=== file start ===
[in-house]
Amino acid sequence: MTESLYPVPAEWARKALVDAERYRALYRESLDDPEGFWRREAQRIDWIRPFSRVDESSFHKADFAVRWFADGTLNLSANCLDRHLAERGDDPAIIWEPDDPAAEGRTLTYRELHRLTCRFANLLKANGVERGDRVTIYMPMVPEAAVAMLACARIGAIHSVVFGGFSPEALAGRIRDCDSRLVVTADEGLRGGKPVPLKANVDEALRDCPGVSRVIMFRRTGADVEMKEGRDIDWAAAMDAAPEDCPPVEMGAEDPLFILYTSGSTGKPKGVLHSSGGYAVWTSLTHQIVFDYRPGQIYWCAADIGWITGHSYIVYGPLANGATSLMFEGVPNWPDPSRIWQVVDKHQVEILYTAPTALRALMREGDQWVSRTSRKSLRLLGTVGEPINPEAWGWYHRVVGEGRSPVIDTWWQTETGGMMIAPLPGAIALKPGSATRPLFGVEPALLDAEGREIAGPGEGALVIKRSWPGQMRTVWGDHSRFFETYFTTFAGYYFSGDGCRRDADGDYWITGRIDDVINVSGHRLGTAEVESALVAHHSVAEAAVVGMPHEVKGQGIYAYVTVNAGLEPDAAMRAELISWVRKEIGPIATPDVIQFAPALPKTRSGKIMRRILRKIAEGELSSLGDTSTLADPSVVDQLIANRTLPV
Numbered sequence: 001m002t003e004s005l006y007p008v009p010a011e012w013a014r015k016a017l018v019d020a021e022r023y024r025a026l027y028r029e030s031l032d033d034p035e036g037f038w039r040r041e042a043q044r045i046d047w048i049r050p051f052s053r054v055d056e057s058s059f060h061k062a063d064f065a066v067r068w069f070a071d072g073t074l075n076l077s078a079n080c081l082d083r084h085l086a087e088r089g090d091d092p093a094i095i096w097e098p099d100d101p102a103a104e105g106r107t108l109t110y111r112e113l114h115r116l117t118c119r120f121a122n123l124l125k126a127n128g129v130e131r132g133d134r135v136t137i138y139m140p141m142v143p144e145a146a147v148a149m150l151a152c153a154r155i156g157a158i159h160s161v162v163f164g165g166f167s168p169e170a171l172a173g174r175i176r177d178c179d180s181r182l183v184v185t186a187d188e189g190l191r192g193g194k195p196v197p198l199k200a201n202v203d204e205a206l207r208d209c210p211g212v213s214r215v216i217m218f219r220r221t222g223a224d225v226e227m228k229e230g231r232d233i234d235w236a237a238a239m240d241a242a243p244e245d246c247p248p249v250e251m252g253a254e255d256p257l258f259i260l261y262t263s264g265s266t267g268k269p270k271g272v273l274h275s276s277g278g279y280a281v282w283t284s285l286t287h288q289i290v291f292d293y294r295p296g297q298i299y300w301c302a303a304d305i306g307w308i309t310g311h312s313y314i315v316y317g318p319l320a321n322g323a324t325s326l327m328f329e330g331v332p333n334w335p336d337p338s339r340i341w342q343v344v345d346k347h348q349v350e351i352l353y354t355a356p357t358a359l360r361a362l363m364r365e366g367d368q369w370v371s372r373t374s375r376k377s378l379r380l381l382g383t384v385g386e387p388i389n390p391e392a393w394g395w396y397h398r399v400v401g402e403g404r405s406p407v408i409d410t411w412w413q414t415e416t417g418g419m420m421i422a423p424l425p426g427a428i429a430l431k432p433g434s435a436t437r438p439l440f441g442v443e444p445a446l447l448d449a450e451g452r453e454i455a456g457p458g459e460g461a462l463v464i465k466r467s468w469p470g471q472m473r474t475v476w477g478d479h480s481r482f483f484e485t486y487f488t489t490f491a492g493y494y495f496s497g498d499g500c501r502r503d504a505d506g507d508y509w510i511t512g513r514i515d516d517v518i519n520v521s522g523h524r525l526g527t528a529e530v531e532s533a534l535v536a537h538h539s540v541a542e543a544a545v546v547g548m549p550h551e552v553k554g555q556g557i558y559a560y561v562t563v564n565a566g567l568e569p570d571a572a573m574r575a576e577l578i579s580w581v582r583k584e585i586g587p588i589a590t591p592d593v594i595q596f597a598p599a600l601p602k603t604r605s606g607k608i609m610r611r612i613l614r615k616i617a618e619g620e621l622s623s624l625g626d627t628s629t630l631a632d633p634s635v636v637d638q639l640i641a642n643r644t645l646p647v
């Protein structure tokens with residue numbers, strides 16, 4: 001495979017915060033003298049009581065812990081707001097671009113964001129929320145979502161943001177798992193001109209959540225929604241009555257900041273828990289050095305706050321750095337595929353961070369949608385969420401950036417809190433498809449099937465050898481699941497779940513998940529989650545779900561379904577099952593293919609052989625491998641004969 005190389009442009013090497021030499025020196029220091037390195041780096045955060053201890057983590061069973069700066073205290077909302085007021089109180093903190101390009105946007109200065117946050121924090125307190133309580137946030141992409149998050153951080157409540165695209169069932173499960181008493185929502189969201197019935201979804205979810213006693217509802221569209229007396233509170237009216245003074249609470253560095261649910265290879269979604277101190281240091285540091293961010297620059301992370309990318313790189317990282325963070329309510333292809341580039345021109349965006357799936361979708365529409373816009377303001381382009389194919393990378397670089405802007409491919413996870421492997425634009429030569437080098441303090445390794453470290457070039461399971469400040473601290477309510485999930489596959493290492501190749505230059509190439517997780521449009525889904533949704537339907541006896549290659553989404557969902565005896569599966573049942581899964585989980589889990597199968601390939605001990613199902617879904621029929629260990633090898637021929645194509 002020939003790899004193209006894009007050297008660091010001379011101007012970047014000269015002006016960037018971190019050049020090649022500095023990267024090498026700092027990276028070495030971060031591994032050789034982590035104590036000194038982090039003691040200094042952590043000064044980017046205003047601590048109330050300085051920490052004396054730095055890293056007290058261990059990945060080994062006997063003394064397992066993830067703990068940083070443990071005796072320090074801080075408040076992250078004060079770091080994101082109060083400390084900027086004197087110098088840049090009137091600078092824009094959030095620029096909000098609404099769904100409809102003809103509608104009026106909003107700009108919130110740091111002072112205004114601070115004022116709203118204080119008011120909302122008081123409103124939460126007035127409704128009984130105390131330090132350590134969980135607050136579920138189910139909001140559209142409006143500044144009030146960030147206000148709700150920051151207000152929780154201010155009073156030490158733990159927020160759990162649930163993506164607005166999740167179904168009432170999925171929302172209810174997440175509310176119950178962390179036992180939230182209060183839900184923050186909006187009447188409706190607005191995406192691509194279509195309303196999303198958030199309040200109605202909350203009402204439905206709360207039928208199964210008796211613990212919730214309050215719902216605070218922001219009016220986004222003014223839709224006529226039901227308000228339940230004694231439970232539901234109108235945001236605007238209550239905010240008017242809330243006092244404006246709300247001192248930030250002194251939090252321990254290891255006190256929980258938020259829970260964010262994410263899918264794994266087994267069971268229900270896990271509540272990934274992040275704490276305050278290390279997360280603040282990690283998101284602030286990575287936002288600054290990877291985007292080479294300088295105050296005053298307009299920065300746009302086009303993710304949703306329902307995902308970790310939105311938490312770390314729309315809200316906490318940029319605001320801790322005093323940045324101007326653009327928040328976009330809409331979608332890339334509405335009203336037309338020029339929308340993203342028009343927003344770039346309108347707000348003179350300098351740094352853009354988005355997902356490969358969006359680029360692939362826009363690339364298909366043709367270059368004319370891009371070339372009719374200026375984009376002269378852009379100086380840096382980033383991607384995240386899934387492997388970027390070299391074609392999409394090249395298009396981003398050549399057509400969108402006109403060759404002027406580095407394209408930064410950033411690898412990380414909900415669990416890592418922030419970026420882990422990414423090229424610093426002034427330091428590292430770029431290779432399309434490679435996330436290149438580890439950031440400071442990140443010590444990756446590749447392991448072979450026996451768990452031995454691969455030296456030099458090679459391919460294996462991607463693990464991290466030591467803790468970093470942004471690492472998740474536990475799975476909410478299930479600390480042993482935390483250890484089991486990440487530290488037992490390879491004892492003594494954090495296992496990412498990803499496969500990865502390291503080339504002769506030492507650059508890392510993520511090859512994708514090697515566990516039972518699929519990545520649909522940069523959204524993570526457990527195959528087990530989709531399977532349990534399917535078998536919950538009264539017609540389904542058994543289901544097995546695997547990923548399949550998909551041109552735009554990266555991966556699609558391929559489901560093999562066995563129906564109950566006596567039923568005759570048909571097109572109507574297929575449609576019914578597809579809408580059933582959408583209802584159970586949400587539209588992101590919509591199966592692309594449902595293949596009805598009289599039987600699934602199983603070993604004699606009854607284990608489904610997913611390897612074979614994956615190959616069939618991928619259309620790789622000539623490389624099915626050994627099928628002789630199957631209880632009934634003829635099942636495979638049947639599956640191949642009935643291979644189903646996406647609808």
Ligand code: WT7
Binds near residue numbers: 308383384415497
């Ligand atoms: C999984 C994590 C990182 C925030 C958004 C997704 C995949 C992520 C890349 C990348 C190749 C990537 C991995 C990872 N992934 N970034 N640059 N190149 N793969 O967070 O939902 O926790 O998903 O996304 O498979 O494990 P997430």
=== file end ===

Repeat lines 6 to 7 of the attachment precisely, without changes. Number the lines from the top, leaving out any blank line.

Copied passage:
Binds near residue numbers: 308383384415497
């Ligand atoms: C999984 C994590 C990182 C925030 C958004 C997704 C995949 C992520 C890349 C990348 C190749 C990537 C991995 C990872 N992934 N970034 N640059 N190149 N793969 O967070 O939902 O926790 O998903 O996304 O498979 O494990 P997430």